FYI or Response Required notifications – Follow up

This is a quick follow up to a comment posted on the original thread – I had a discussion with some people about the post, and was asked the following (hence the new post):  “Can we use wma.name = ‘RESULT’ instead of wma.subtype=’RESPOND’ as each message that requires a RESPONSE action will have RESULT attribute?”.  Here’s my response:


Not every message that requires a response will have a RESULT attribute, though. The RESULT attribute only applies to notifications which have conditional branching based on a result applied to them.

If you have no result type, but have respond attributes, then the notification still requires a response but does not have a result.

Have a look at this test flow for an example. Launching the flow and then selecting from the WF_NOTIFICATION_ATTRIBUTES table returns one row for the attribute IA1 – there is no RESULT attribute since the notification does not have a result.

Here’s the output:

**** Notifications

NID   Context         Status
----- --------------- --------
40899 NEW_TYP4:1:1692 OPEN

SELECT notification_id, NAME
FROM   wf_notification_attributes
WHERE  notification_id = 40899
/

NOTIFICATION_ID NAME
--------------- ----
          40899 IA1

So, although the notification requires a response, there is no RESULT attribute, and it’s certainly not uncommon to have notifications and messages defined in this way – if the requirement is to capture a response, but not to branch conditionally depending on the result, this is the way to build the Workflow.

Matt

FYI or Response Required notifications

A thread on Metalink some time back asked how to tell whether a notification requires a response or not, and I’ve just found some notes that I took on the subject at the time. [For those without Metalink access, the exact question is “How do I know from the backend what notifications require action and what notifications and just FYI“].

The first thing I thought about the question was “what does it actually ask?” There are two possible things that the person posing the question might be after. Either they want to know what MESSAGES are defined in the system, and do they require a response or not; or they are looking at NOTIFICATIONS that have been sent to users to see whether they require a response. Accordingly, there are two different answers, since the source of the data is completely different.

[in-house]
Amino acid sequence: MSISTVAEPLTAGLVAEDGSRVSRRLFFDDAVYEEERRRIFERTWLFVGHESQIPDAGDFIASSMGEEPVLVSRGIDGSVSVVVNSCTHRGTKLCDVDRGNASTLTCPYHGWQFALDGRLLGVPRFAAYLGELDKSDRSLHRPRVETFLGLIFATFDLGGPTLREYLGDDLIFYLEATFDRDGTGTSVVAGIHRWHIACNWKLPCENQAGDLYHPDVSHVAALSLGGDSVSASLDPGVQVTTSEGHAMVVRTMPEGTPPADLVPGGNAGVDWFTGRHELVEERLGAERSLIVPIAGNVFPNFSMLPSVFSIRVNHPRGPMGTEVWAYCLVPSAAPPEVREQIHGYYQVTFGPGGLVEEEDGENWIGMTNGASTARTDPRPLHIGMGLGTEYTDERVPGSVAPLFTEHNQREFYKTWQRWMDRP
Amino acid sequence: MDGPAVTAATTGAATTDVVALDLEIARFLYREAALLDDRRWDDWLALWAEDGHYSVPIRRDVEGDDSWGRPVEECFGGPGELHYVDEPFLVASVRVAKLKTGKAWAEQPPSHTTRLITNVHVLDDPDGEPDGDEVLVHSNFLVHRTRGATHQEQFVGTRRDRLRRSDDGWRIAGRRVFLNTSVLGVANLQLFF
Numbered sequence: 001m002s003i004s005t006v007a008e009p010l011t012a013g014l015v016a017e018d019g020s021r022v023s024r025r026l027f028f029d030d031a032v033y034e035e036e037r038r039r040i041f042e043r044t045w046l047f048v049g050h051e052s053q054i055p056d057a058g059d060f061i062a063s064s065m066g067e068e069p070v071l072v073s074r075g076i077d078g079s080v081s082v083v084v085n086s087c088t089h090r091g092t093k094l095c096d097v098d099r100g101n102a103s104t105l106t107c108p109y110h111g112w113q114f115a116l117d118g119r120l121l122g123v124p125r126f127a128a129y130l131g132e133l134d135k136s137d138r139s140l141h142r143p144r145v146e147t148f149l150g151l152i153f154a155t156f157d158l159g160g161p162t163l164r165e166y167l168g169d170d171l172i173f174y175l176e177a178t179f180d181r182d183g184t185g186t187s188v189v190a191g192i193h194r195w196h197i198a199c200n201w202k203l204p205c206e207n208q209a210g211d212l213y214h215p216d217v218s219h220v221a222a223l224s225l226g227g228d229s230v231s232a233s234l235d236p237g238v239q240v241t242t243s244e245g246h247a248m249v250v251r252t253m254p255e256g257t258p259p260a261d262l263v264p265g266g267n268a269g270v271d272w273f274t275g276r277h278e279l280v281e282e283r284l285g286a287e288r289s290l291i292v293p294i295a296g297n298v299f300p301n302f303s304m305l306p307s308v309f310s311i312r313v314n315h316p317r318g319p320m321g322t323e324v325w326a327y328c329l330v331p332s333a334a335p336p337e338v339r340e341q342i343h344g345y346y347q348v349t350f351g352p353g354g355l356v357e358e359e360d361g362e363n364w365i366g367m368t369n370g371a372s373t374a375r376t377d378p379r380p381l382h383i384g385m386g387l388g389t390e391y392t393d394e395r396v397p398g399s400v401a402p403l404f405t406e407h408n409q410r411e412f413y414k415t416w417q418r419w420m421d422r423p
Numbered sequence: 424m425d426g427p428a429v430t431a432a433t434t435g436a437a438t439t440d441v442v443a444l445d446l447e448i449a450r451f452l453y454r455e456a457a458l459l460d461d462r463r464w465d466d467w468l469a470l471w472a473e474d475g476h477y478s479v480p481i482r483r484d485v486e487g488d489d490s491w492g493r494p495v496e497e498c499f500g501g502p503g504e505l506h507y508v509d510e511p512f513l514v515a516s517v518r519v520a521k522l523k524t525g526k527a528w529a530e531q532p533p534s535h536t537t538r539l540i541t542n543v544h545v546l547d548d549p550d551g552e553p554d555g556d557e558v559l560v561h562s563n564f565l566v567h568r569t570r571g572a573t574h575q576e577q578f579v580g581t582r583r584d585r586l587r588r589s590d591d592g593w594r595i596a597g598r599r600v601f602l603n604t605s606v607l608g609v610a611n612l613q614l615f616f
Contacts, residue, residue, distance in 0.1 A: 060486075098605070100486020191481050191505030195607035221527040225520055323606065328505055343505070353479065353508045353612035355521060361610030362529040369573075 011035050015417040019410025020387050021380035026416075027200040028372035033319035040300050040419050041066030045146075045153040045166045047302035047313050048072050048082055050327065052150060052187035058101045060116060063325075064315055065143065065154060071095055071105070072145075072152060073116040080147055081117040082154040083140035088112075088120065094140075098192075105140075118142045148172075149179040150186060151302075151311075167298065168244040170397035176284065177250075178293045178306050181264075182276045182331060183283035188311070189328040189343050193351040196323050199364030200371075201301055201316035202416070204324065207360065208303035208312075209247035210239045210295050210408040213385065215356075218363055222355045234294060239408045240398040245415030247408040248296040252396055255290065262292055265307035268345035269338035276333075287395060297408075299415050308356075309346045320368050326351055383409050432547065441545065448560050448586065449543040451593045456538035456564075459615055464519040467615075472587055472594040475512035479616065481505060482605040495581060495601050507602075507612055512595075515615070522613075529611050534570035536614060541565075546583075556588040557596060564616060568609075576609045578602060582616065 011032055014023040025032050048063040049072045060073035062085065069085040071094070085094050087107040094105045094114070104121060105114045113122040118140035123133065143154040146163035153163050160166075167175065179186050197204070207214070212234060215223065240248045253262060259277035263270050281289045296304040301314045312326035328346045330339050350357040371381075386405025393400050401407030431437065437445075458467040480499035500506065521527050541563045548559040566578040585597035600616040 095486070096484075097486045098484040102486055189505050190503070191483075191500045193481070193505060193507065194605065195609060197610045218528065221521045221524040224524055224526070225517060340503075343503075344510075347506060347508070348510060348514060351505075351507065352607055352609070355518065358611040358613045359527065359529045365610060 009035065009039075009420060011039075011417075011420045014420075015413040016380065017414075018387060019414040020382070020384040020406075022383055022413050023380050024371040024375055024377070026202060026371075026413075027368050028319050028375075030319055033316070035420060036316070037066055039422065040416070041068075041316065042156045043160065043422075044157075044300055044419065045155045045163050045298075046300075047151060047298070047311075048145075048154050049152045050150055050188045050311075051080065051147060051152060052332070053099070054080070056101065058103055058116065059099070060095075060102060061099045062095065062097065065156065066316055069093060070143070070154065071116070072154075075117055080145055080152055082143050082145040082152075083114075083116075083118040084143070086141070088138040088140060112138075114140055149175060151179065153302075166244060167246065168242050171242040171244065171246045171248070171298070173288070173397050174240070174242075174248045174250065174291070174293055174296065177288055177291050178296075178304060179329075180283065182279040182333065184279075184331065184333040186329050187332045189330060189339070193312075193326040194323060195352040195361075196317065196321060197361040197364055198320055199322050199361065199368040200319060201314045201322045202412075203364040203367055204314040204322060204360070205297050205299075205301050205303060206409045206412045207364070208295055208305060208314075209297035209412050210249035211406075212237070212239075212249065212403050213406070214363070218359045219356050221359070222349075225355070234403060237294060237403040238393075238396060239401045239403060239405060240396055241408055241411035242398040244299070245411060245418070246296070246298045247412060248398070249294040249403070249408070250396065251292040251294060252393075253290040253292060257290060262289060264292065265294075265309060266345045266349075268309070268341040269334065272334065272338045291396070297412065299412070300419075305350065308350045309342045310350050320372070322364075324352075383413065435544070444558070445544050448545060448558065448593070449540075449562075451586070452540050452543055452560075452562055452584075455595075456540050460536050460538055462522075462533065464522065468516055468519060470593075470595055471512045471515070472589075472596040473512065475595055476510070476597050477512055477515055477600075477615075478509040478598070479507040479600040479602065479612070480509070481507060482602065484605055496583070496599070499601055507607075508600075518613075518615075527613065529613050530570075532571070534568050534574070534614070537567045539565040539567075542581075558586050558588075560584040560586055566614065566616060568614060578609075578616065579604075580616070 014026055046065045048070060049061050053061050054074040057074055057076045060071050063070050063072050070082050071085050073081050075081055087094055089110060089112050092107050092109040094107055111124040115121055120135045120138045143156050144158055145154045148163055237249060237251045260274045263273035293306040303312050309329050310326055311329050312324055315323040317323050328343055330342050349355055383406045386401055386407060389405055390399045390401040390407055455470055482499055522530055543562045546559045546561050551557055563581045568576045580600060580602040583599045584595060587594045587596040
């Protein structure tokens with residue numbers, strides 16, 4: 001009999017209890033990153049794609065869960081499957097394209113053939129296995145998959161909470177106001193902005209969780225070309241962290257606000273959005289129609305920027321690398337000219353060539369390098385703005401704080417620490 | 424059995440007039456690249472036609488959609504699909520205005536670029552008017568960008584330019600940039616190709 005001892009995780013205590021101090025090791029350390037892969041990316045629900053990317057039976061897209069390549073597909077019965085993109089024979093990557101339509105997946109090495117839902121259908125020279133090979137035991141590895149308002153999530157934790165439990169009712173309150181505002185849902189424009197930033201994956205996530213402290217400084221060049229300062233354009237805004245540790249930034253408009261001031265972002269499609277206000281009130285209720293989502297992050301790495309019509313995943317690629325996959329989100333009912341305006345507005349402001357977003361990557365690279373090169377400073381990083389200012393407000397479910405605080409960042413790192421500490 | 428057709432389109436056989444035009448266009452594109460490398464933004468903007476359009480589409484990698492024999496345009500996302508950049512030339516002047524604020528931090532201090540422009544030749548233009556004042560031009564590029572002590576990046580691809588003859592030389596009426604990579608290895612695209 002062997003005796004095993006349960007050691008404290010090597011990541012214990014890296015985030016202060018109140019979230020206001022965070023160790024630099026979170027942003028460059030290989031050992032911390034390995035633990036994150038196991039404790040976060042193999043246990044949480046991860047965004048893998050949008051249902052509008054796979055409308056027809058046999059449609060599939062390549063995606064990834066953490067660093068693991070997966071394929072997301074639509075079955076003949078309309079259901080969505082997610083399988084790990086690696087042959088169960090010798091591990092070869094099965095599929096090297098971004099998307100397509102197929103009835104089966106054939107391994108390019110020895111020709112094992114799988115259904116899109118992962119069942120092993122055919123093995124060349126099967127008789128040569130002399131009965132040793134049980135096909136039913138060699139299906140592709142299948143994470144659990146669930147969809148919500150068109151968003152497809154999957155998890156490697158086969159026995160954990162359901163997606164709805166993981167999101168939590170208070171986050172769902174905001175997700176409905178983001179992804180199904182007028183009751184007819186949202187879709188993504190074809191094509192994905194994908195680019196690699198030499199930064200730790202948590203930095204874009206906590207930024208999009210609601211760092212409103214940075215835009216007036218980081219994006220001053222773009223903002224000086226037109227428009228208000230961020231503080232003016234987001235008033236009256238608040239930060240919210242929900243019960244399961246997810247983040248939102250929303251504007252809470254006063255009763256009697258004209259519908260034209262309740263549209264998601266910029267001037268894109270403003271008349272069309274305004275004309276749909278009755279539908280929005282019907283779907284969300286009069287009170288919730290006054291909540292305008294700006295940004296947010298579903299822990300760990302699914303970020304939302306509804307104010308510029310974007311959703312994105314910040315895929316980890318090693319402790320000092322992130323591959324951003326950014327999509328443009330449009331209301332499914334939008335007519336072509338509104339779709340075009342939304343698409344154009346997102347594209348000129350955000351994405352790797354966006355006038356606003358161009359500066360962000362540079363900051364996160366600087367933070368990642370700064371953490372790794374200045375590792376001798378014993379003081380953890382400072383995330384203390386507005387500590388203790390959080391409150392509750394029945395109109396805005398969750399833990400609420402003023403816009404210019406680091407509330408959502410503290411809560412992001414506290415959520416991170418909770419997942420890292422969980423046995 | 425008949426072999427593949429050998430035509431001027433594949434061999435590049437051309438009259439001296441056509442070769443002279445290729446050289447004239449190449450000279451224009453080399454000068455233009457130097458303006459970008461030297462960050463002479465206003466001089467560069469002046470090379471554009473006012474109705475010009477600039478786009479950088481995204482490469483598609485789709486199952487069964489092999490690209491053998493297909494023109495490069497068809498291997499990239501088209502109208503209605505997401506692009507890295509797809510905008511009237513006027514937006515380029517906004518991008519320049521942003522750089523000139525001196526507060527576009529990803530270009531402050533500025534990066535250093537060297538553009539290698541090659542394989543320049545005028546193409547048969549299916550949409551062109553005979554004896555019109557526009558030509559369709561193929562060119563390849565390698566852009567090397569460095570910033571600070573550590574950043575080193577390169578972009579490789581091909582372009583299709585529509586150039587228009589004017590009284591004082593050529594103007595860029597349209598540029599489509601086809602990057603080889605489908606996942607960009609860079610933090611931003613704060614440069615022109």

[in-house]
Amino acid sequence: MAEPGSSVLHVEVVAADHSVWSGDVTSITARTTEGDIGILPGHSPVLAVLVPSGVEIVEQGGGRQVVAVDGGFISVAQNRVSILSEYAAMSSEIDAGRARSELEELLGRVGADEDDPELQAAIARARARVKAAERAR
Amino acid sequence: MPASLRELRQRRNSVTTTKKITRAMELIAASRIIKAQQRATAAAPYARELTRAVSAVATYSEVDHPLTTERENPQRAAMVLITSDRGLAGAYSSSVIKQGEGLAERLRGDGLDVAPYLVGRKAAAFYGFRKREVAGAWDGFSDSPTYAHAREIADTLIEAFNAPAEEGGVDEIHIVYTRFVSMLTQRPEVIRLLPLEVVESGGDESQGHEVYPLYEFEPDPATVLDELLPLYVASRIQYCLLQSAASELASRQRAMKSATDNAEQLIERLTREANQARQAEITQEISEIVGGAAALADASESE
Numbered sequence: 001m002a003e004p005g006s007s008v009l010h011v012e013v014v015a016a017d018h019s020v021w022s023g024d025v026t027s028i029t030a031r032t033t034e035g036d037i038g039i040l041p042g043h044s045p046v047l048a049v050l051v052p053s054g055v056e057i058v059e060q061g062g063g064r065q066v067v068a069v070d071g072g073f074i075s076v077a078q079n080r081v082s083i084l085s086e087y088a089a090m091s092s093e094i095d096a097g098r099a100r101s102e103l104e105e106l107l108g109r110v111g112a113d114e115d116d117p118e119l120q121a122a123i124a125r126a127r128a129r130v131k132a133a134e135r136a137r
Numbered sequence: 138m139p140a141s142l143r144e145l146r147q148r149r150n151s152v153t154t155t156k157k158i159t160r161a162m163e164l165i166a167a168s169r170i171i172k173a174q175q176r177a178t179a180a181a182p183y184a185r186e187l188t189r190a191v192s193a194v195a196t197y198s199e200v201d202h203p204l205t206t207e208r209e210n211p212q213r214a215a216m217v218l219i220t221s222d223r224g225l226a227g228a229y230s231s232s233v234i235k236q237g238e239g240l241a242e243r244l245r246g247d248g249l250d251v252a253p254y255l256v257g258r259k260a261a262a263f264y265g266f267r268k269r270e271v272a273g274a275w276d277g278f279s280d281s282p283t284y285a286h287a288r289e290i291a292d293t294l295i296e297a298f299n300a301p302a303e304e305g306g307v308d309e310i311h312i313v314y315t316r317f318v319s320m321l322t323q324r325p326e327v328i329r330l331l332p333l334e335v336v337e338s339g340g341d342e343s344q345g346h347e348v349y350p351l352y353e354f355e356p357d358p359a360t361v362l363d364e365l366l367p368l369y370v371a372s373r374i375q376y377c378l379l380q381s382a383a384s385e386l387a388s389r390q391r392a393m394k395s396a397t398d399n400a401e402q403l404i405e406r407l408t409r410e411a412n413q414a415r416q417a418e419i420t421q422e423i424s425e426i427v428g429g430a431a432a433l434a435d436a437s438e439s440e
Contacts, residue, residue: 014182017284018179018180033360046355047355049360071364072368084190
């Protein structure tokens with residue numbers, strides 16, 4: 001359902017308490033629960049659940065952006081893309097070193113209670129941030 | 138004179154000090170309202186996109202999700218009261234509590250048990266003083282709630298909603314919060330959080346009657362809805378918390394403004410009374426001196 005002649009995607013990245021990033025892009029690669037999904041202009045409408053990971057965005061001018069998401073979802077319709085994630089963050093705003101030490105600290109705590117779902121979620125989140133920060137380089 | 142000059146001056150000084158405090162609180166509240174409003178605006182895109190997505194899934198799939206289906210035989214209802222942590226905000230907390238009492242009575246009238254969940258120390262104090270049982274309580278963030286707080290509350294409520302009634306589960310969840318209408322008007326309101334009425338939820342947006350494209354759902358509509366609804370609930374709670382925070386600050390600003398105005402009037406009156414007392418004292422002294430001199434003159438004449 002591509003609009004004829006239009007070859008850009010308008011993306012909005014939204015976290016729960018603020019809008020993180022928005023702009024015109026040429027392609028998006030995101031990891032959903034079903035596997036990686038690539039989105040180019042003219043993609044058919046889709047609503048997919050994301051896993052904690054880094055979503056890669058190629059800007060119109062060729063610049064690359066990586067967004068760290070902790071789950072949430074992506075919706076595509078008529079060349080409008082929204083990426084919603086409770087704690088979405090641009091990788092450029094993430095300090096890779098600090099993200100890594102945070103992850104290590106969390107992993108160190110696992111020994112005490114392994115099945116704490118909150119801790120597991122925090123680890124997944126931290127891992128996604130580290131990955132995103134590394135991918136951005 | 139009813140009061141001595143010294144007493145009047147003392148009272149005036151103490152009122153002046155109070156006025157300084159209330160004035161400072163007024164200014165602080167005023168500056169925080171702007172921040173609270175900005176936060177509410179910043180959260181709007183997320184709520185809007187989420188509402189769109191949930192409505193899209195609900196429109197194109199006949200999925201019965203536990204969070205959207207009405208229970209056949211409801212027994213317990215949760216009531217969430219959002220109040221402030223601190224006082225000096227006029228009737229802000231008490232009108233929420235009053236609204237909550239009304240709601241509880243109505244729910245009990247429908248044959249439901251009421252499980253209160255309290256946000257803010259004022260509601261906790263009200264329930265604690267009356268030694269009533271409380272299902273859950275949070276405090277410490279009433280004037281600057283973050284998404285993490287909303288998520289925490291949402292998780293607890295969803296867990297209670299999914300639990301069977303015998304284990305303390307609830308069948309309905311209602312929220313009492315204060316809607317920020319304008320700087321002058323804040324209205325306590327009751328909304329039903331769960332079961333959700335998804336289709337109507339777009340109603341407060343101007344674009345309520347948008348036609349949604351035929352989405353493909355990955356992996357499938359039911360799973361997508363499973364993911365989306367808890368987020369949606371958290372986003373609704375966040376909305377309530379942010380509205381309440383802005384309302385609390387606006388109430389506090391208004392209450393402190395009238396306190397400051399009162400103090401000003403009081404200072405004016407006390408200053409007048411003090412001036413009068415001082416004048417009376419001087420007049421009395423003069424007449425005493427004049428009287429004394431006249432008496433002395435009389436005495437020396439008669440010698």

Let’s take the first possible questions – what messages are there in the system, and do they require a response of not? The key thing in either of the situations is whether the notification has any attributes which require a response or not – in which case the table that needs to be accessed is WF_MESSAGE_ATTRIBUTES which stores all of this information. In order to make the information more understandable, I would also extend the query to look at the WF_ITEM_TYPES_TL and WF_MESSAGES_TL tables, which provide the display name for each of the internal names (message and item type), which makes it much easier to understand which message and item type you are dealing with.

Firstly, retrieve all the messages from the system which have a message attribute which is does not have a type of RESPOND, but which also do not have any RESPOND attributes. This takes care of any messages which have multiple attributes, and at least one of them is a response attribute. Secondly, we need to include any of the messages which have RESPOND attributes, and union the result sets together. I have written the two SELECT statements as a sub-query in my example, so that it is then much easier to sort by whatever order you require. Here’s the code:

SELECT *
FROM   ( SELECT DISTINCT 'FYI'          action
         ,      wfi.display_name        item_type